Because annual happiness indices seem to rank wealthy countries higher, it’s a common belief that wealth and happiness are linked. The researchers discovered that income does influence wellbeing, but only to a point. At the societal level, wealthier nations can better provide freedom, transparent and non-corrupt services, and relative peace to their citizens, thereby contributing to their wellbeing. But at the individual level, money helps people obtain the things they need and can help them cope with problems. So, while access to money is vital for a sense of wellbeing, it’s about affording food, shelter, and social experiences, not so much flatscreen TVs…


Another standout finding for the researchers was that high-quality relationships are essential for wellbeing. Research showed that perceived social support is associated with subjective wellbeing in every major world region. Those who report the greatest happiness feel respected by others. Furthermore, while high-quality social relationships can be enduring sources of wellbeing, even interactions with casual acquaintances and strangers can boost our wellbeing in the short term. However, quality is better than quantity – in terms of wellbeing, it is more important for a person to have a few close and supportive relationships than it is to have many superficial relationships.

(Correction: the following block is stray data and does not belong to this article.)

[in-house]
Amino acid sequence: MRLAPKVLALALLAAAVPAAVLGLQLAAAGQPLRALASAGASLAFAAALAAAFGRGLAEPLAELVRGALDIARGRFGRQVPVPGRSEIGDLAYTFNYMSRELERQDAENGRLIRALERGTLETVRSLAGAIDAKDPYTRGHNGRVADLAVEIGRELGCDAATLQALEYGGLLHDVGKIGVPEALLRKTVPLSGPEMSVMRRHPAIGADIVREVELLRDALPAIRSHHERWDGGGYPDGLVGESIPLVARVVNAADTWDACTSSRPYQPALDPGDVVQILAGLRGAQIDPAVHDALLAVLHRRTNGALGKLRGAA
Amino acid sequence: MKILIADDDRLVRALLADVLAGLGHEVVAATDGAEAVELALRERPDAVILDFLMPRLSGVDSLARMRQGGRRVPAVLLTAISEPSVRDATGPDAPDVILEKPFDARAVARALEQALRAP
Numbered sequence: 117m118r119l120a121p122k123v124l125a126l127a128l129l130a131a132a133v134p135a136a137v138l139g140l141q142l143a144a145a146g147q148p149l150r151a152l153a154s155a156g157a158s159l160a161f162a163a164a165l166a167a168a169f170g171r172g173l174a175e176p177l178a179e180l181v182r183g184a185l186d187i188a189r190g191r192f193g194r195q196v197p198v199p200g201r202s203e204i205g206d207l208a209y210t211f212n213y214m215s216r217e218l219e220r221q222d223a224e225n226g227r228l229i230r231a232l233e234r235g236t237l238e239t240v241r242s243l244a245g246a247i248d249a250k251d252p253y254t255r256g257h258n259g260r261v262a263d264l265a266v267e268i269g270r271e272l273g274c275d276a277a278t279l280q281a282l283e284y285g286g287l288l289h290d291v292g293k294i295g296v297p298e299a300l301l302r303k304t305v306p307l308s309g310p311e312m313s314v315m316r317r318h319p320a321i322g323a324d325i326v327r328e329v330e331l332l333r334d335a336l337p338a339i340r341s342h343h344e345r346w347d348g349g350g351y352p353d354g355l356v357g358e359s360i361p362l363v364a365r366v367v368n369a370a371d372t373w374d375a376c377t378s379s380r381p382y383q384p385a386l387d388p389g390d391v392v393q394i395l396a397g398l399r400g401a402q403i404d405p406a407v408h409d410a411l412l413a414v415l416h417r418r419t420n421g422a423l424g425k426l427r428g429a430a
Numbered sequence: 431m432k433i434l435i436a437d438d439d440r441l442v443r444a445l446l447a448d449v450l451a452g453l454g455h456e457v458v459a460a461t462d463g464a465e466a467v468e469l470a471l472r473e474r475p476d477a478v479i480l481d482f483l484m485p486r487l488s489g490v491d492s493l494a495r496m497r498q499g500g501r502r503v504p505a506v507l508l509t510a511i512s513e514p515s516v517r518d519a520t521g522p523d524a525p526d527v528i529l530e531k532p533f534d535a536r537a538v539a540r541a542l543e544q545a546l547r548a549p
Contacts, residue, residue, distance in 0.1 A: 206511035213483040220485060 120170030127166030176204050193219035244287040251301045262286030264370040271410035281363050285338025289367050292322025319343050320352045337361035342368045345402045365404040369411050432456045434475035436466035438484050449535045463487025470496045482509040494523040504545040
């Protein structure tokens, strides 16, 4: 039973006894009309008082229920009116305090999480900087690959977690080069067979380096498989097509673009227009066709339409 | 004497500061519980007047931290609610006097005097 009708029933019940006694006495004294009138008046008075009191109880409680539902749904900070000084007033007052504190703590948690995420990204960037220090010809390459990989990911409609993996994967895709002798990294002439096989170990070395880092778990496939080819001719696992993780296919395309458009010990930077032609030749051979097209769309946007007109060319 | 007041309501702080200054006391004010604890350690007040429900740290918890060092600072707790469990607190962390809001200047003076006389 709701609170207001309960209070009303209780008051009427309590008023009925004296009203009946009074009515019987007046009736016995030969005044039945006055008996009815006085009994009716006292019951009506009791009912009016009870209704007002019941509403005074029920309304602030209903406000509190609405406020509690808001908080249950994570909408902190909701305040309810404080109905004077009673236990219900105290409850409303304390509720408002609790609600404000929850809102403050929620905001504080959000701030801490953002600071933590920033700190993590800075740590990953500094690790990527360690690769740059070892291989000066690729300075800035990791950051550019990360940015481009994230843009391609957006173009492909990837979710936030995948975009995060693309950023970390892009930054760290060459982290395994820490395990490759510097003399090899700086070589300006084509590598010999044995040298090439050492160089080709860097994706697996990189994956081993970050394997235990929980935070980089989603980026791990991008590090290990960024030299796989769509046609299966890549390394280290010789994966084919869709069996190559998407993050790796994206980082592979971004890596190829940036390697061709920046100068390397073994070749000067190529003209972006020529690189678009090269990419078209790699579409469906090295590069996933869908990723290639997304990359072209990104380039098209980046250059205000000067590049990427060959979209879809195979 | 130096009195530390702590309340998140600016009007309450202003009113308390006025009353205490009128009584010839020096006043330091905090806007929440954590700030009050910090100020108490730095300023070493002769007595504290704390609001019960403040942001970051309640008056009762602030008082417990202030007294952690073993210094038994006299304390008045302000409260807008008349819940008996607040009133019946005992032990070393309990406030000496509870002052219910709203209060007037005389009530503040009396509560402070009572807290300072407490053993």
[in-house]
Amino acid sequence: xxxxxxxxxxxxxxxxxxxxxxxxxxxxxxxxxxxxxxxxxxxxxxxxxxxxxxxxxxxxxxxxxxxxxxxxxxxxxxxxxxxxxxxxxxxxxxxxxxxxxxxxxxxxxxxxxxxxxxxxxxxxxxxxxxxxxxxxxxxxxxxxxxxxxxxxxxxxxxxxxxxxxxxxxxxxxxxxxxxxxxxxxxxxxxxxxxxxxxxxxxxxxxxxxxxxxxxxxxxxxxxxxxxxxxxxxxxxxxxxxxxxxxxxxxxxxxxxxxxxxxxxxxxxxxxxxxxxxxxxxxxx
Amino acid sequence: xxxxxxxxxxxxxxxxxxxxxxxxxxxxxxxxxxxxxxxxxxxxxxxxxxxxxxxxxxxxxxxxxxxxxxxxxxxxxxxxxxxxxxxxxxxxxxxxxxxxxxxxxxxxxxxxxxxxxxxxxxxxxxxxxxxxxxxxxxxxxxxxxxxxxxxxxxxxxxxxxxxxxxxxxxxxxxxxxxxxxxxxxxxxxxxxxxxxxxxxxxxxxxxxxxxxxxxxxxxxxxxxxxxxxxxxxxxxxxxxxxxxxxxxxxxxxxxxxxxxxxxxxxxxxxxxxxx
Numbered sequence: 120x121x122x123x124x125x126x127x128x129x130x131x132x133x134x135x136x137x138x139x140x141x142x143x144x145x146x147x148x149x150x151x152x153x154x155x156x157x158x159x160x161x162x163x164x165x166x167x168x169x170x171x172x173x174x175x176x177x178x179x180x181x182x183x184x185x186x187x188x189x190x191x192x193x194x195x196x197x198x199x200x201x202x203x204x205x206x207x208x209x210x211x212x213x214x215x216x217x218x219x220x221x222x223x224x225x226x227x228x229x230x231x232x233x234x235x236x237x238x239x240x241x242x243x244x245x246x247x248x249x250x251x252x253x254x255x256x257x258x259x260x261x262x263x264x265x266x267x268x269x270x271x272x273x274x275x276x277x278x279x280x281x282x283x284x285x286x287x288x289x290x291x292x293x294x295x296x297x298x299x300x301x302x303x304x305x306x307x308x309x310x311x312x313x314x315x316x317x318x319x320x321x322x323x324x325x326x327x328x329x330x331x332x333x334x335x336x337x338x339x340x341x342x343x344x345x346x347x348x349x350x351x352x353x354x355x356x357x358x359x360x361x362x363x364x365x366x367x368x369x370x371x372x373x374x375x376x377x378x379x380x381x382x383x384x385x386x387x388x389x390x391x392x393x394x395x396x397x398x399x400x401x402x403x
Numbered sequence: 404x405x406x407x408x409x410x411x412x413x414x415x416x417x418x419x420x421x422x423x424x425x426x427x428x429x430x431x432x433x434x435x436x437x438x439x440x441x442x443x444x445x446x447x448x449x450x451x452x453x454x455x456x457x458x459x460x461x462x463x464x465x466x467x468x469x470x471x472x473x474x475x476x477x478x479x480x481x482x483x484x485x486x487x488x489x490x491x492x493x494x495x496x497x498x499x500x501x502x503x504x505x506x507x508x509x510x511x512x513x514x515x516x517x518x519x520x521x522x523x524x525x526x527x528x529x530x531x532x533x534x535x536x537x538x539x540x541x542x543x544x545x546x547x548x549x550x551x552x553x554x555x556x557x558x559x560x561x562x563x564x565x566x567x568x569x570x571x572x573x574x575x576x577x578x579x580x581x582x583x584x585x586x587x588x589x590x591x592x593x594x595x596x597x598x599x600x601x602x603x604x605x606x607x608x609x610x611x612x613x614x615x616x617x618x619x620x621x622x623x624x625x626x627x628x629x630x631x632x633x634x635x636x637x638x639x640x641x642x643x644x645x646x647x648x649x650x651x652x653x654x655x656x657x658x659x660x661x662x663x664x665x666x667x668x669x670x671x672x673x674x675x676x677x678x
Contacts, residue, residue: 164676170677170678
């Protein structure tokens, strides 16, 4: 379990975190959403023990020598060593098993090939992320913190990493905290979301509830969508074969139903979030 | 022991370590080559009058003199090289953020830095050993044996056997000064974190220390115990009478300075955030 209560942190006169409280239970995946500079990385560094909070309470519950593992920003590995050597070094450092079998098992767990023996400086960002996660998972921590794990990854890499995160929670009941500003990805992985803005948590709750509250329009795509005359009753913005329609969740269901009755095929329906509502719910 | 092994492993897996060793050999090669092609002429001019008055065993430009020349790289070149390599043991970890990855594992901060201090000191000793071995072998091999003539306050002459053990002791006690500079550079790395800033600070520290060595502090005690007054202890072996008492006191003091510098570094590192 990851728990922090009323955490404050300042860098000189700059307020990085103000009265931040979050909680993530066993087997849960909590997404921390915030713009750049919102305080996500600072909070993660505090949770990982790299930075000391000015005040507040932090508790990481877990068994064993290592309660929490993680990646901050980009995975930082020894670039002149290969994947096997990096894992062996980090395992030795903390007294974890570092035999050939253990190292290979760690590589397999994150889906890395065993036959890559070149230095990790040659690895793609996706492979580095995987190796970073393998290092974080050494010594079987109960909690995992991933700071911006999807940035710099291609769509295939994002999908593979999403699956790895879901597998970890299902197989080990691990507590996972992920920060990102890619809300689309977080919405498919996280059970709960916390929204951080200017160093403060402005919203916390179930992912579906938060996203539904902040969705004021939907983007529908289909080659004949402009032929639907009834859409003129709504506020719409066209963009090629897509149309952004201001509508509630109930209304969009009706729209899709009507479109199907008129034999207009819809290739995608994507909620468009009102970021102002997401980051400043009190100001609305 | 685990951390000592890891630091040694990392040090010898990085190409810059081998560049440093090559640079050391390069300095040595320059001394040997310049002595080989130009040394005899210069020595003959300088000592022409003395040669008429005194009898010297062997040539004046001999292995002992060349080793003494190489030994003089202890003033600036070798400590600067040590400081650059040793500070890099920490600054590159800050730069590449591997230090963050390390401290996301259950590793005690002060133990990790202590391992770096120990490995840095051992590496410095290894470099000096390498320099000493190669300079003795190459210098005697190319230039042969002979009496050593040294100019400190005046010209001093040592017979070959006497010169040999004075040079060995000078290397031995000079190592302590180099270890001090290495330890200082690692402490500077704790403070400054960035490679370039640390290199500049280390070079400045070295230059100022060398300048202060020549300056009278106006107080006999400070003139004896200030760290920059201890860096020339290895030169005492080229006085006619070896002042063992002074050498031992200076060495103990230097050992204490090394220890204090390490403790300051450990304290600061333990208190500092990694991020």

A common question within psychology on wellbeing is whether it is determined by nature or nurture – to what extent do genes influence wellbeing? The fifth finding is that genes and personality do indeed influence wellbeing. Recent meta-analyses suggest that each person has a baseline level of wellbeing and that daily events affect shifts above and below this baseline. However, this does not mean there is a single ‘happiness gene’ no matter how attractive the notion may be to the media. What is important to note, the researchers say, is that genetic studies of wellbeing are mainly limited to European and North American populations.